This Little Dog Refuses to Lie Down

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This is the story of 27 dogs, the designers who loved them and the megacorps who tried to eat them. 

Once upon a time, there was a small graphic design studio housed in a pretty green house in a residential Seattle neighborhood. The designers worked hard, made friends with the businesses up and down their street, did great work and grew their business the old-fashioned way: one account at a time. Over the years, their reputation grew and they scored big accounts with international brands. All the while, they volunteered for the local neighborhood association, their childrens’ school, walked their dogs and contributed to their community building the kind of life most of us envy. 


To celebrate their 21st anniversary in 2008, they published a compendium of their best work. The end pages featured an elaborate illustration of the many dogs they had loved over the years, and some they imagined, fitting as the name of their firm was Modern Dog Design Co. The dogs were quirky and full of personality, just like their firm.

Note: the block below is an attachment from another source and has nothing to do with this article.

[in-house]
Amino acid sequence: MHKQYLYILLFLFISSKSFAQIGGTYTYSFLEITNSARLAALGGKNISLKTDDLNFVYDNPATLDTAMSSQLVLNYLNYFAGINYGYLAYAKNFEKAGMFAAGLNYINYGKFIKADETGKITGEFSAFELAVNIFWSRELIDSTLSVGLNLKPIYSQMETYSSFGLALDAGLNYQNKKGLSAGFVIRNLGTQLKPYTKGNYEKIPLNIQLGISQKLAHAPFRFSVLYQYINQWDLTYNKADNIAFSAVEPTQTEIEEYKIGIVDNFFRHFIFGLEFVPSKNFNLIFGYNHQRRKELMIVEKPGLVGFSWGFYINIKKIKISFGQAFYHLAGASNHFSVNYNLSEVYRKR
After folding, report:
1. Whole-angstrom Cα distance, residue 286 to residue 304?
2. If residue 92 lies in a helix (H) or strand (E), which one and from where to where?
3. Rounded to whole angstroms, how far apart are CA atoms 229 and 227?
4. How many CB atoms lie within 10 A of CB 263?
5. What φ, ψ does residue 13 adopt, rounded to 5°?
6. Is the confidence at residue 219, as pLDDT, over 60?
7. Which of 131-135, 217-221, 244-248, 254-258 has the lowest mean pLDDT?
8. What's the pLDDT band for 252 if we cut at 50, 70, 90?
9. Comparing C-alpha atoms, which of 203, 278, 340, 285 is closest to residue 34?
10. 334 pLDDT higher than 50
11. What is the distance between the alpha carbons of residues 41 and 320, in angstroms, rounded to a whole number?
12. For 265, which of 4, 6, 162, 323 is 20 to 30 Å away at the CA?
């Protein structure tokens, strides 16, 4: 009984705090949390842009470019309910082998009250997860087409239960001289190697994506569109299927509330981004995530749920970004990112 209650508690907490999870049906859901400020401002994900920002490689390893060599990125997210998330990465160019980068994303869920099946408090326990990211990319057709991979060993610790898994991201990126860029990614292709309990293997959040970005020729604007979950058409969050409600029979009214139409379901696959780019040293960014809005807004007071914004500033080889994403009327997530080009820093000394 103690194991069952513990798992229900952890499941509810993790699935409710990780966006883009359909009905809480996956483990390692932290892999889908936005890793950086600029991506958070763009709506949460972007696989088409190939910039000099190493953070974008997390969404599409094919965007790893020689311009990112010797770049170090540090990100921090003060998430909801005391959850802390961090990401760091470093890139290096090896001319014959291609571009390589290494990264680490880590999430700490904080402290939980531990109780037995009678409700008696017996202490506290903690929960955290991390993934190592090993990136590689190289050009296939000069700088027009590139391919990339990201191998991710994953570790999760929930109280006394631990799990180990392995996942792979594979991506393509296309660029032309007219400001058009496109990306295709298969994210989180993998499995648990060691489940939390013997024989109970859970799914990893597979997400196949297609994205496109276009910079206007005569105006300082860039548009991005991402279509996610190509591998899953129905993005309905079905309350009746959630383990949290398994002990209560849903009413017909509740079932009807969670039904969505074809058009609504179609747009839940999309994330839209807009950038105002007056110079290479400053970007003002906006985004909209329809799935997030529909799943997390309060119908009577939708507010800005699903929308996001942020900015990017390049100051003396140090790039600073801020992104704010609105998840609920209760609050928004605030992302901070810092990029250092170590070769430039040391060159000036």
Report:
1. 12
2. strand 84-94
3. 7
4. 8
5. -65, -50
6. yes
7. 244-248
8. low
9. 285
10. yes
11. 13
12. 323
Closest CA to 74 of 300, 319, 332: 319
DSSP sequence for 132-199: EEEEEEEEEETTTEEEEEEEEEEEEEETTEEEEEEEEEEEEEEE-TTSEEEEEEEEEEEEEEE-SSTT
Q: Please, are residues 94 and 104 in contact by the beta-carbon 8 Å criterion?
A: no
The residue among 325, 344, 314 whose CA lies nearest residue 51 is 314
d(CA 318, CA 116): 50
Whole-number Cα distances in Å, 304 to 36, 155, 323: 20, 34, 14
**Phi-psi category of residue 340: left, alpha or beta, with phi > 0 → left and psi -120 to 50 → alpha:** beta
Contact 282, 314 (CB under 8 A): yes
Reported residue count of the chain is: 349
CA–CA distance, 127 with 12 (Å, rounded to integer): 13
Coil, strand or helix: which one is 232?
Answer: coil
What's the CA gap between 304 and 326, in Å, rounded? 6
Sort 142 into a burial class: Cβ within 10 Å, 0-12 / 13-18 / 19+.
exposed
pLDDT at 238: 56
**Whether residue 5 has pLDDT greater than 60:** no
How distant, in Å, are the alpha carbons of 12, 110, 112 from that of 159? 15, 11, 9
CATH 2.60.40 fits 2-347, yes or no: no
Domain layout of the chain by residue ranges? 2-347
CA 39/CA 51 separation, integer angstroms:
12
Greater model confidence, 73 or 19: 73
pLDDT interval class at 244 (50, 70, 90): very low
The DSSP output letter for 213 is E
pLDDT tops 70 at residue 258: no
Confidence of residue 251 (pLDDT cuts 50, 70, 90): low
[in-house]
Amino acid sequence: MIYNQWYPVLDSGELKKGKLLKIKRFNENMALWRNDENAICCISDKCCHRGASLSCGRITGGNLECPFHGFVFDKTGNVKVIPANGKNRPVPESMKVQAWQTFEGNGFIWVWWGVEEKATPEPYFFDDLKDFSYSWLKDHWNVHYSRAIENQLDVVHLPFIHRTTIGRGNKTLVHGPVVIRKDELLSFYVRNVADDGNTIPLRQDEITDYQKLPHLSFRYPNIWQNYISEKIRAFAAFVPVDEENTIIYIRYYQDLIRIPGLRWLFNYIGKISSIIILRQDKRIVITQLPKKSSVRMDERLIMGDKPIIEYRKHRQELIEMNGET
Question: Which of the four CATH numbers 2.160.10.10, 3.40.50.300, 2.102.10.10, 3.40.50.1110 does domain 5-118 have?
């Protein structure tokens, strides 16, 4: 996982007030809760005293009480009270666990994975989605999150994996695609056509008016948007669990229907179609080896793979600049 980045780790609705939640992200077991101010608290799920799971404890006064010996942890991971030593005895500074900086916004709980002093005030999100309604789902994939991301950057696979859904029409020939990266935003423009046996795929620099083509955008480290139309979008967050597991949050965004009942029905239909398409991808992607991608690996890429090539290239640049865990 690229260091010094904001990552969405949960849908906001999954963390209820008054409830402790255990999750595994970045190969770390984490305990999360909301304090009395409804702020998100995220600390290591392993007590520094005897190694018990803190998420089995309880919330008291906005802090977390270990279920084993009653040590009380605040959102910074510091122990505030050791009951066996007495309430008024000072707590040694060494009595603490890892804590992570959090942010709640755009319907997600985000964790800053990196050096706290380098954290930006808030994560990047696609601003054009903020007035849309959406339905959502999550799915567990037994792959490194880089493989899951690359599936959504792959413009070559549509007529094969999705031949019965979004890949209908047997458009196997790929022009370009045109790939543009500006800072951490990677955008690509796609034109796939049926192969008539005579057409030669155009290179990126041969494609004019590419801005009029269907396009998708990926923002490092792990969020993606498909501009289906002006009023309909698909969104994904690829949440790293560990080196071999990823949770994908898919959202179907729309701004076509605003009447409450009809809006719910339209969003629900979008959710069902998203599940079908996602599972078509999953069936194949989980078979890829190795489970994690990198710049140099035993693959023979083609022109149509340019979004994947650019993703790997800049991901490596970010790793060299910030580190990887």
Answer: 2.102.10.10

Four years after the book was published to wide acclaim, a fan saw a t-shirt with their ‘Dogs We Know’ dog-dino-collage-900x570graphic for sale at a mega discount retailer. A tag on the product also advertised a movie. No one asked. No one paid. When confronted, they denied any similarity to the original. 

The partners put their heads together in a big dogpile, and decided they were going to stand up to the bully. Copyright law means nothing unless people fight to defend it. But the megacorps have big pockets. Small design firm launched their lawsuit but before long, their pockets were empty. They sold their pretty green house so they could keep fighting the fight, but it won’t be long before that money is exhausted by the chase. 

This is the story of the little guy standing up for what is right. If you believe in the fight, raise your hand and shout ‘Go Dog Go’, then pull out your checkbook and mail some money or make an on-line donation and give to those modern dogs.

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  • Comment Link david obront Thursday, 06 December 2012 03:53 posted by david obront

    i don't want to give you a hard time but am wondering: why don't you show your prior art and the alleged infringing art? you make only an emotional case but withhold the core facts. why?

  • Comment Link Leah Adams Saturday, 08 December 2012 05:55 posted by Leah Adams

    The question you ask is valid David. While I wrote the article, I am not one of the litigants on the case, merely a concerned citizen who believes this is a fight worthy of broader attention. I imagine the designers at Modern Dog have been advised to keep the evidence under wrap until the case comes to court.

    As a postscript, I met the designers last weekend at an event. They said their fundraising goal was met just in time for their deadline.

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